(High Noon Records)
Psychedelic God, Arthur Lee’s forgotten soulful ‘70s gem is back on vinyl and beautifully repackaged, with original artwork, top-notch re-mastering plus previously unreleased bonus material and a colour booklet with extensive liner notes by David Fricke (Rolling Stone).
For those who know, Love were psychedelic Gods. Not given their credit at the time, they gained their proper respect decades later, thanks to legions of musicians they had influenced, similar to the way The Velvet Underground did. Fans have often remained divided over the band’s post-‘60s records, but the colossal musical statement and psychedelic masterpiece that is Forever Changes- the 3rd and last Love LP to feature the band’s original line-up, and after which, main-man, Arthur Lee retained the name with an ever-changing line-up- was one hell of a beast to follow up. But that is not to say that Arthur Lee didn’t repeat his songwriting genius: he continued to come up with gems- maybe not whole albums worth of them, but great songs no less. Besides, an album like Forever Changes comes along once in a lifetime, so comparisons to it were never going to gain him any favours.
Originally released in 1974, Reel To Real featured Arthur Lee with yet another brand new Love line-up, (who also recorded the lost album Black Beauty the previous year, shelved at the time but eventually released in 2012 also on High Noon) and a new funkier, more soulful sound, and it’s now beautifully repackaged on vinyl with its original artwork plus a tour program-style full colour glossy booklet, re-mastered to superb quality from the original tapes and featuring 12 bonus tracks to download.
Arthur Lee was blessed with a rich and versatile voice, which took on a more soulful tone after Love’s original line-up, and on Reel To Real he shows us his soulful side more than ever (although there are other flavours on the album). In his own words: “So that’s my trip, man. Getting as black and as funky as I can…that’s what I feel right now.” The album’s grand production by Skip Taylor boasts a big sound that remains strong all the way through, with horns arranged by Lee himself, and exceptional drumming by Joey Blocker. Time is Like a River opens side one, a smooth and joyous number that rolls along nicely.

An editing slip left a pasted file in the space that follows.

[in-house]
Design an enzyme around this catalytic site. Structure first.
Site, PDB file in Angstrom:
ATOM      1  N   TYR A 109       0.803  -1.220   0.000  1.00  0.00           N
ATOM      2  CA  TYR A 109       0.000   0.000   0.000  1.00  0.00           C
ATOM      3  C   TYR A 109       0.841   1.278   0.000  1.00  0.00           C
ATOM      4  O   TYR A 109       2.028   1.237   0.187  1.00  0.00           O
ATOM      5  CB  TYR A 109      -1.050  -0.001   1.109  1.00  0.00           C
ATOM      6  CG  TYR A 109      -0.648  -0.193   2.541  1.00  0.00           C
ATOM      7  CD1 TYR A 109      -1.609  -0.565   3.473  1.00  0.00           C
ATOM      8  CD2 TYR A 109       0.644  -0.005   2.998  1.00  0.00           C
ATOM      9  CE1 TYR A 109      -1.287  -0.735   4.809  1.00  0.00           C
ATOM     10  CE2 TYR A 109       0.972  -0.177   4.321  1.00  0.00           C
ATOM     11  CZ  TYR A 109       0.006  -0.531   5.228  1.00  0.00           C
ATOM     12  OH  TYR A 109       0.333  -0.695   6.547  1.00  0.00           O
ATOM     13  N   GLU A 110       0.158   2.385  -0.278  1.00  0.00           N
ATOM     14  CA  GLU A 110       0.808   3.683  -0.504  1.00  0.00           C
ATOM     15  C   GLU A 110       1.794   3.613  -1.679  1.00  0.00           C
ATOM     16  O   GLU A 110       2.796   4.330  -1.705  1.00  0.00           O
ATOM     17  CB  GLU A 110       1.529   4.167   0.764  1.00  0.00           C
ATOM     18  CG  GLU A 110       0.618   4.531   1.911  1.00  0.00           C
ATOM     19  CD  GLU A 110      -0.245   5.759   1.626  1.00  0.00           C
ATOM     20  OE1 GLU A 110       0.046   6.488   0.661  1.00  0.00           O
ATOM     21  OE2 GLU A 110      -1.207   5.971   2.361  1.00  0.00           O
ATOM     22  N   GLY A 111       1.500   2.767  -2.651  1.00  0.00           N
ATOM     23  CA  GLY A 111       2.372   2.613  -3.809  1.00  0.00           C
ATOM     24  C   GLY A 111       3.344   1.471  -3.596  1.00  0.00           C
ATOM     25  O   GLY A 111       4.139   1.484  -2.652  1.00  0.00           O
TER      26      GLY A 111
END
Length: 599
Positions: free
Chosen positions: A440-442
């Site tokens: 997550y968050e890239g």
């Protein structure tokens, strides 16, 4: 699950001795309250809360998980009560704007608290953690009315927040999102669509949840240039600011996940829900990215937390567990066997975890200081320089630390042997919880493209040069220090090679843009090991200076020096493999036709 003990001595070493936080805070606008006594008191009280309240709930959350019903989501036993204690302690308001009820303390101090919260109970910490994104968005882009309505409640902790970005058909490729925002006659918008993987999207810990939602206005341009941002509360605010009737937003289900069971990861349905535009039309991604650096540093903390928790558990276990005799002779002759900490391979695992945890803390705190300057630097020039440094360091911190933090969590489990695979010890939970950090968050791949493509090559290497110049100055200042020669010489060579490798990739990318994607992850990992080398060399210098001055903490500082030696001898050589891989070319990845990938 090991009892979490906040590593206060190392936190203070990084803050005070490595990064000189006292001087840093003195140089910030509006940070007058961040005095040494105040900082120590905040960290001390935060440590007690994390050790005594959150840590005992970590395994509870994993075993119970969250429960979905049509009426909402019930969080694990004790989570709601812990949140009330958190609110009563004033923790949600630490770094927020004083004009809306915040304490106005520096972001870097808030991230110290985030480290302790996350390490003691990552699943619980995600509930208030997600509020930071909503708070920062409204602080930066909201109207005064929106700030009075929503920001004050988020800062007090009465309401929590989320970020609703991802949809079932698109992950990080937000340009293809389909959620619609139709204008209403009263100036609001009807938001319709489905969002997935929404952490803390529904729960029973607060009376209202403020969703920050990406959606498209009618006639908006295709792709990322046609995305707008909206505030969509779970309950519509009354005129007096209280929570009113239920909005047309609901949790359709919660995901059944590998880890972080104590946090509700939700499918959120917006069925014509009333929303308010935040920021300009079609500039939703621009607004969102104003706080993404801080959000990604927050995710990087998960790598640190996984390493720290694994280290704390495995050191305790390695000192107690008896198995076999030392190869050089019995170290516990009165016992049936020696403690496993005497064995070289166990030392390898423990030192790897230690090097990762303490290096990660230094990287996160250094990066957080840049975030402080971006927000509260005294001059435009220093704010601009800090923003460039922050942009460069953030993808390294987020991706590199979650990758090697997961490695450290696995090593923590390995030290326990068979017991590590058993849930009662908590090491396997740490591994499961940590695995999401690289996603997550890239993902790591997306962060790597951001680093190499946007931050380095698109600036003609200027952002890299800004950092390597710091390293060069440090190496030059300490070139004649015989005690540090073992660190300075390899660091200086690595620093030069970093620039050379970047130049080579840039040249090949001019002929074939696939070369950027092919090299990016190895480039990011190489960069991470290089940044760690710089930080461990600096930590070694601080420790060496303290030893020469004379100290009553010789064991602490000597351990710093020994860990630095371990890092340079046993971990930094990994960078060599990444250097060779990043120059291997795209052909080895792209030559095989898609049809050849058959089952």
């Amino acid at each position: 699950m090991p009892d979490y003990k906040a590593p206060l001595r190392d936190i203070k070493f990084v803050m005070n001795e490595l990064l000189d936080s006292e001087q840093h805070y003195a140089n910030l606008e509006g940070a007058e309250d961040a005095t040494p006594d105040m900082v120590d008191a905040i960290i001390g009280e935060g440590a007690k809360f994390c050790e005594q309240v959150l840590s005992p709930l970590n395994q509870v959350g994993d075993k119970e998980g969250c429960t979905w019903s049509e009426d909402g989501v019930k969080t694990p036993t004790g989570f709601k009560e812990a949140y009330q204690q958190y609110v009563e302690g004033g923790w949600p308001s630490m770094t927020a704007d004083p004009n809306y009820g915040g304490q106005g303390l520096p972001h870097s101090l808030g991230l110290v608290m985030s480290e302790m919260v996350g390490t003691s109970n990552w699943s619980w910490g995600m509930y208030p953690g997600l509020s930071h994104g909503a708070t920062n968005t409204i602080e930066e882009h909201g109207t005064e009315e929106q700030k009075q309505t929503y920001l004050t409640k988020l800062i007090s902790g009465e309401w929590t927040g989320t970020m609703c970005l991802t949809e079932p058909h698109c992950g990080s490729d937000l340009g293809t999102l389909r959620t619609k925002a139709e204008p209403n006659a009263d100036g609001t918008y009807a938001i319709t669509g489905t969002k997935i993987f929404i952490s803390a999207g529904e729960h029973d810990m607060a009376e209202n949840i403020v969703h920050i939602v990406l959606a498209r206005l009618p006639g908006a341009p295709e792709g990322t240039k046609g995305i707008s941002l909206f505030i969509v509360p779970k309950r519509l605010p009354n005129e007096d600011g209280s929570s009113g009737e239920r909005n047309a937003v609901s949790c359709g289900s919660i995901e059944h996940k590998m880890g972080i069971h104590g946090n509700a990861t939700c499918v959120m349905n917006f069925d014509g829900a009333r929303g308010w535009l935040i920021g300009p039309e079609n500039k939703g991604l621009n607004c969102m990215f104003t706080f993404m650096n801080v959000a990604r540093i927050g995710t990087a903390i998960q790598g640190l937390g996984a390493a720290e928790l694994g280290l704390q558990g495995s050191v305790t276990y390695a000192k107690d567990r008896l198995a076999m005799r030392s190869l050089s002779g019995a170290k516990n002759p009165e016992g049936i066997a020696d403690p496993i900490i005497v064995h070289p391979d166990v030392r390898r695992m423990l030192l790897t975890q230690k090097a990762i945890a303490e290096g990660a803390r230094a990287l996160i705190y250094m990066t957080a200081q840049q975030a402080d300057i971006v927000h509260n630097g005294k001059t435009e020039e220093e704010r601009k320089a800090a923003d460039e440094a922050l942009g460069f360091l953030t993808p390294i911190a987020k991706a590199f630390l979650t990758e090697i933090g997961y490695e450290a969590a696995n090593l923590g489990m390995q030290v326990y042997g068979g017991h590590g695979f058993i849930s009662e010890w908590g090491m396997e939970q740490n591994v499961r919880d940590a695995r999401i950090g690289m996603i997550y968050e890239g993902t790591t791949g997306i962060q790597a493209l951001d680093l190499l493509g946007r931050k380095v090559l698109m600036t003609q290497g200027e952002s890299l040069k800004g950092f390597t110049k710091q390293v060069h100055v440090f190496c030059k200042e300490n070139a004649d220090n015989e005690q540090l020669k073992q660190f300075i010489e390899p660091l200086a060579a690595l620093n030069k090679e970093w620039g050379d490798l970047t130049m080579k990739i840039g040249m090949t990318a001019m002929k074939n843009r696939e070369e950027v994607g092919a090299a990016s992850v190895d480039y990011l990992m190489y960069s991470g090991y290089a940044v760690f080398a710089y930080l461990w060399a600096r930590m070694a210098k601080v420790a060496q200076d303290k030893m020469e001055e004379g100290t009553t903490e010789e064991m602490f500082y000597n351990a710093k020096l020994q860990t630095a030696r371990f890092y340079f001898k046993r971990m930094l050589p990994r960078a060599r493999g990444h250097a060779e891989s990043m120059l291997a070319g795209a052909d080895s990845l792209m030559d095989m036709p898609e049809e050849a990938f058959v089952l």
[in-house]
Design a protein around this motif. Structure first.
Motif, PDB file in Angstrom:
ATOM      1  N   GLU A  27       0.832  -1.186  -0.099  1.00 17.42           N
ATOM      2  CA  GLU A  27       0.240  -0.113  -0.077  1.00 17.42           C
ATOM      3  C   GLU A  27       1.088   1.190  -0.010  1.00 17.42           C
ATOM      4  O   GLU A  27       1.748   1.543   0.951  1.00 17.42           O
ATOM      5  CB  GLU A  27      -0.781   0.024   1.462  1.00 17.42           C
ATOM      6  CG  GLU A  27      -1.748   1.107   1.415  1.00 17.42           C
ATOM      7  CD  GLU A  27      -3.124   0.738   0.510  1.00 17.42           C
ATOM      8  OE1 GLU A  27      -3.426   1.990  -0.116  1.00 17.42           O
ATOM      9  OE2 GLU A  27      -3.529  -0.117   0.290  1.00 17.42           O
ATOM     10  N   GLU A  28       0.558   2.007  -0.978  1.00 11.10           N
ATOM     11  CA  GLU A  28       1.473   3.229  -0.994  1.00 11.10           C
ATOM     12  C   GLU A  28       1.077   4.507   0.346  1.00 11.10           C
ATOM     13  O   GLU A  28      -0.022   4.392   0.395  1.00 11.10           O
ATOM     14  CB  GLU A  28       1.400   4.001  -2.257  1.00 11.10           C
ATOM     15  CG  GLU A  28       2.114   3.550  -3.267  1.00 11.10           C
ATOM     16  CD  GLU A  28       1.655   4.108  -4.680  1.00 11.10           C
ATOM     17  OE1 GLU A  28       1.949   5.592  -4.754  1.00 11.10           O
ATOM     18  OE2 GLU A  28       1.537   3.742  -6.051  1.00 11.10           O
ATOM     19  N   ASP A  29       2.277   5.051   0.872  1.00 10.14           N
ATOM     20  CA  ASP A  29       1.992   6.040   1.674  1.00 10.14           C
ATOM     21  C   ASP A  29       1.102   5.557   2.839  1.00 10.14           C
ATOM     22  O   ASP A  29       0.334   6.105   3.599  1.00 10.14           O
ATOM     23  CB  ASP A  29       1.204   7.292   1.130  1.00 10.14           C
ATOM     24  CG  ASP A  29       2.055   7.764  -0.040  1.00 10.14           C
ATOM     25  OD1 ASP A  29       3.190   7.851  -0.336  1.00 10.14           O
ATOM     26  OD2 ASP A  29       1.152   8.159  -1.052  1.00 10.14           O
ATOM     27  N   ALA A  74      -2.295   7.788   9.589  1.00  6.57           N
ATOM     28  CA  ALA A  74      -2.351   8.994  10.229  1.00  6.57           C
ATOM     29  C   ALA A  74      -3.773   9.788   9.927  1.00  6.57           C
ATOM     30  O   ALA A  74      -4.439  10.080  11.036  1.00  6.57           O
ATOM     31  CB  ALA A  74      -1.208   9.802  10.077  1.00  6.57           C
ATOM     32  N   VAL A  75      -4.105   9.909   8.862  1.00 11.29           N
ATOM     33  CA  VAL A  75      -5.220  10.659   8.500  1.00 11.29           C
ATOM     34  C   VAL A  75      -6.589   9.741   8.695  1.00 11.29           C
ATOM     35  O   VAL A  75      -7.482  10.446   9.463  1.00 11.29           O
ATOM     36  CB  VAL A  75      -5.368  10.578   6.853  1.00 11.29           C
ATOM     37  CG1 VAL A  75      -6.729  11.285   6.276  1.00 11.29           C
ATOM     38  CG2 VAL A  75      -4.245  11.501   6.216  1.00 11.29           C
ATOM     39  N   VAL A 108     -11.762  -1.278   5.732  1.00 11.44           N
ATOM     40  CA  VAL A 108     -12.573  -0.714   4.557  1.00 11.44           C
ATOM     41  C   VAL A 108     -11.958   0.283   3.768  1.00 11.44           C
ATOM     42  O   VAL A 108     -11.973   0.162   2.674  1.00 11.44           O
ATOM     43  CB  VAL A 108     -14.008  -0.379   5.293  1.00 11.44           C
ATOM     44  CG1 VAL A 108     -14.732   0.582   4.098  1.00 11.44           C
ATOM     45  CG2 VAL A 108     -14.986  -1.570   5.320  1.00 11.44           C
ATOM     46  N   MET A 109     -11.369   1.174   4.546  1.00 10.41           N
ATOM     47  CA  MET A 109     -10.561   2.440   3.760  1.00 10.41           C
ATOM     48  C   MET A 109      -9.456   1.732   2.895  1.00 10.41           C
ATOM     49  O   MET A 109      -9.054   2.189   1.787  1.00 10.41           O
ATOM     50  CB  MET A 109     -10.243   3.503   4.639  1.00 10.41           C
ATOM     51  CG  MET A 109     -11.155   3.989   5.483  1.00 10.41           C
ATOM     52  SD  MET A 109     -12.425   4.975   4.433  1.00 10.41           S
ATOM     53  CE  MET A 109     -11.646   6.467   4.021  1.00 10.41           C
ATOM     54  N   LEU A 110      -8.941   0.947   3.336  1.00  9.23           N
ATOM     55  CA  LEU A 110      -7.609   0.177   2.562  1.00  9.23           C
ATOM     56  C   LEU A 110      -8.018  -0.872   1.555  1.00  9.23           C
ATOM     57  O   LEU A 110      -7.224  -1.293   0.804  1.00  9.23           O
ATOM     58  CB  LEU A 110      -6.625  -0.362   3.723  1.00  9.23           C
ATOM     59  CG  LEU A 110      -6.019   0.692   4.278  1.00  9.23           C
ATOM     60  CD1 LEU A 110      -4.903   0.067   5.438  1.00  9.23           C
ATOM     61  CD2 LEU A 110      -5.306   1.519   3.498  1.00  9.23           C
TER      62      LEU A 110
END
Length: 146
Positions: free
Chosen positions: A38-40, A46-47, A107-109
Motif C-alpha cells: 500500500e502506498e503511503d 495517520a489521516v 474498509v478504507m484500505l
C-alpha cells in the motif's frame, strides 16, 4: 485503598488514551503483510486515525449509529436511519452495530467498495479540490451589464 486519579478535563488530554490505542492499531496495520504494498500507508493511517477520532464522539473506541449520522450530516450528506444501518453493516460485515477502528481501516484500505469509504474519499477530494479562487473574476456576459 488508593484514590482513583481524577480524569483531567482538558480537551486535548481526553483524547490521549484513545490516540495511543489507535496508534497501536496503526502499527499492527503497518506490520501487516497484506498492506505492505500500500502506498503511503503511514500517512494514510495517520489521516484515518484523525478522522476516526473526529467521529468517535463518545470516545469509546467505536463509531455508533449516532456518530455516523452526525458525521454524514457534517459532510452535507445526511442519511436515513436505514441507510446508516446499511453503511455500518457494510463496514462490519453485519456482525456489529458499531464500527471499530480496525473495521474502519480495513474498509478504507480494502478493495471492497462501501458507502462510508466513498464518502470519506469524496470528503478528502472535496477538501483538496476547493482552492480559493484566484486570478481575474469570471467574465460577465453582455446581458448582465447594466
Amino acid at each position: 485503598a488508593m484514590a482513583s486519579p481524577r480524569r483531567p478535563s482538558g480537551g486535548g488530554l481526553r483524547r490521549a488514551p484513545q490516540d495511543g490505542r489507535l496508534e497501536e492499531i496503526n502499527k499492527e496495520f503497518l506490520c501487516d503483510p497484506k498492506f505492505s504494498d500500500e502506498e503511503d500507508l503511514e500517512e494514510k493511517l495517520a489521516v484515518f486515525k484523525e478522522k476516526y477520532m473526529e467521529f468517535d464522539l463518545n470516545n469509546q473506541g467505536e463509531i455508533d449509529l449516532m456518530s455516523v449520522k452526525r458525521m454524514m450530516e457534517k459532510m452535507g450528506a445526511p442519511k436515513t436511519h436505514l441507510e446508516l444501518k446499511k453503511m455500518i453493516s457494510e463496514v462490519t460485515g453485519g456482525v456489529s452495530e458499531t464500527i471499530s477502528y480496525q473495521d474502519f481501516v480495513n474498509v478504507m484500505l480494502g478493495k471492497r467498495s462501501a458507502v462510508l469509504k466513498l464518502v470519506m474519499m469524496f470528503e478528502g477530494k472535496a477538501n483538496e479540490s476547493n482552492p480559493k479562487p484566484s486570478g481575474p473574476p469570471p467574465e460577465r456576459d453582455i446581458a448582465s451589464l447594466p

Who Are You (no relation to The Who) is a funked-out foot tapper with busy but tight drumming and uplifting horns. Those who mainly know the songs by the classic original Love line-up may consider this a great leap from the gentle psych flavours of Da Capo & Forever Changes, or indeed the stomping garage proto punk sounds of the band’s ’66 self-titled debut, but if you’re familiar with the records that came after, you’d see that Arthur Lee’s voice slips very naturally and comfortably into these settings. And on Reel to Real, the band shift gears from song to song, playing with different tempos and giving the set a varied feel, rather than constantly hammering the funk & soul rock. Which Witch is Which provides a breather, with a sparse production consisting mainly of a simple but effective riff with backwards guitars.
Their version of the William DeVaughn classic, Be Thankful For What You Got is hazy and summery, as is the re-recording of Singing Cowboy, previously recorded for the 1969 album, Four Sail. Although I haven’t always been too fond of artists revisiting their previous work, Singing Cowboy fits nicely in this set, and it’s not as if he’s tried to rehash one of his more well-known songs, say from Forever Changes.
Everybody’s Got To Live is the perfect ending to the album. Held together by a single acoustic guitar, with powerful multi-voiced gospel-style choruses, this is one of Lee’s forgotten classics, a fact I guess he tried to fix, by including it on his comeback shows a few years before his death.
The vinyl reissue of Reel to Real is lovingly put together, and with its bonus download material, crystal clear re-mastering and fascinating liner-notes by David Fricke (Rolling Stone), it’s the perfect gift for fans. And the quality of the songs and great productions make it a great album, even for those who have little or no prior knowledge of Arthur Lee & Love.
All words by Arash Torabi. More writing by Arash can be found at his Louder Than War author’s archive.